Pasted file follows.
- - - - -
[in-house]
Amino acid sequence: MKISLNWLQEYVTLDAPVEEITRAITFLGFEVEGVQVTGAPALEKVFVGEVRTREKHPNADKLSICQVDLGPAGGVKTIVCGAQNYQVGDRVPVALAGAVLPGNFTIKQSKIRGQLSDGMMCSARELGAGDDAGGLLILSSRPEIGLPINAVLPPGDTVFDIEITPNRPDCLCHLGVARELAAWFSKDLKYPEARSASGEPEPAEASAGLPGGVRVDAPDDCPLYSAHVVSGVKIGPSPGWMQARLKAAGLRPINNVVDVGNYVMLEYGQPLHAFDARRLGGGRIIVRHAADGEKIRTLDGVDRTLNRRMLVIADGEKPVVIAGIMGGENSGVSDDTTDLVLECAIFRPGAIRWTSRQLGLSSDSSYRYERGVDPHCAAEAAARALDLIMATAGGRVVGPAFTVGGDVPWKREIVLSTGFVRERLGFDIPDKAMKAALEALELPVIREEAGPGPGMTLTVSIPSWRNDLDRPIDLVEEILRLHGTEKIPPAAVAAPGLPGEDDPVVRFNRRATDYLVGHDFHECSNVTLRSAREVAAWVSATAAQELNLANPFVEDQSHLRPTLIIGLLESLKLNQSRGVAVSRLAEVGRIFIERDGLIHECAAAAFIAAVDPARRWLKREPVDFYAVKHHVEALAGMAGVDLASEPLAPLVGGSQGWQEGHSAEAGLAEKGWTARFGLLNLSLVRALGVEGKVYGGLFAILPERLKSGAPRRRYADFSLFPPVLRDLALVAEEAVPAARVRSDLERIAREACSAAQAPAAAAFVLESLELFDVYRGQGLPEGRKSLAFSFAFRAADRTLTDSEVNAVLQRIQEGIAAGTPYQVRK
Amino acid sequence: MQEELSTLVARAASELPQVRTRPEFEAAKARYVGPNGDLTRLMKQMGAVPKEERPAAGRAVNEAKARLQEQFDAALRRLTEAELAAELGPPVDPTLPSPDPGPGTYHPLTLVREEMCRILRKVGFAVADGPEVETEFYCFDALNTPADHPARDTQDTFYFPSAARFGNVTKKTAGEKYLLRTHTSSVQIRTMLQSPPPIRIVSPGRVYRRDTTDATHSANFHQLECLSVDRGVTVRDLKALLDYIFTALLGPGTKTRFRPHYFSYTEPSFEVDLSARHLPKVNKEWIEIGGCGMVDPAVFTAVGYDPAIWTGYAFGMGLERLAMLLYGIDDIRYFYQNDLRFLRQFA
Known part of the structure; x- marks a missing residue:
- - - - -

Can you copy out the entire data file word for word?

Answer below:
[in-house]
Amino acid sequence: MKISLNWLQEYVTLDAPVEEITRAITFLGFEVEGVQVTGAPALEKVFVGEVRTREKHPNADKLSICQVDLGPAGGVKTIVCGAQNYQVGDRVPVALAGAVLPGNFTIKQSKIRGQLSDGMMCSARELGAGDDAGGLLILSSRPEIGLPINAVLPPGDTVFDIEITPNRPDCLCHLGVARELAAWFSKDLKYPEARSASGEPEPAEASAGLPGGVRVDAPDDCPLYSAHVVSGVKIGPSPGWMQARLKAAGLRPINNVVDVGNYVMLEYGQPLHAFDARRLGGGRIIVRHAADGEKIRTLDGVDRTLNRRMLVIADGEKPVVIAGIMGGENSGVSDDTTDLVLECAIFRPGAIRWTSRQLGLSSDSSYRYERGVDPHCAAEAAARALDLIMATAGGRVVGPAFTVGGDVPWKREIVLSTGFVRERLGFDIPDKAMKAALEALELPVIREEAGPGPGMTLTVSIPSWRNDLDRPIDLVEEILRLHGTEKIPPAAVAAPGLPGEDDPVVRFNRRATDYLVGHDFHECSNVTLRSAREVAAWVSATAAQELNLANPFVEDQSHLRPTLIIGLLESLKLNQSRGVAVSRLAEVGRIFIERDGLIHECAAAAFIAAVDPARRWLKREPVDFYAVKHHVEALAGMAGVDLASEPLAPLVGGSQGWQEGHSAEAGLAEKGWTARFGLLNLSLVRALGVEGKVYGGLFAILPERLKSGAPRRRYADFSLFPPVLRDLALVAEEAVPAARVRSDLERIAREACSAAQAPAAAAFVLESLELFDVYRGQGLPEGRKSLAFSFAFRAADRTLTDSEVNAVLQRIQEGIAAGTPYQVRK
Amino acid sequence: MQEELSTLVARAASELPQVRTRPEFEAAKARYVGPNGDLTRLMKQMGAVPKEERPAAGRAVNEAKARLQEQFDAALRRLTEAELAAELGPPVDPTLPSPDPGPGTYHPLTLVREEMCRILRKVGFAVADGPEVETEFYCFDALNTPADHPARDTQDTFYFPSAARFGNVTKKTAGEKYLLRTHTSSVQIRTMLQSPPPIRIVSPGRVYRRDTTDATHSANFHQLECLSVDRGVTVRDLKALLDYIFTALLGPGTKTRFRPHYFSYTEPSFEVDLSARHLPKVNKEWIEIGGCGMVDPAVFTAVGYDPAIWTGYAFGMGLERLAMLLYGIDDIRYFYQNDLRFLRQFA
Known part of the structure; x- marks a missing residue: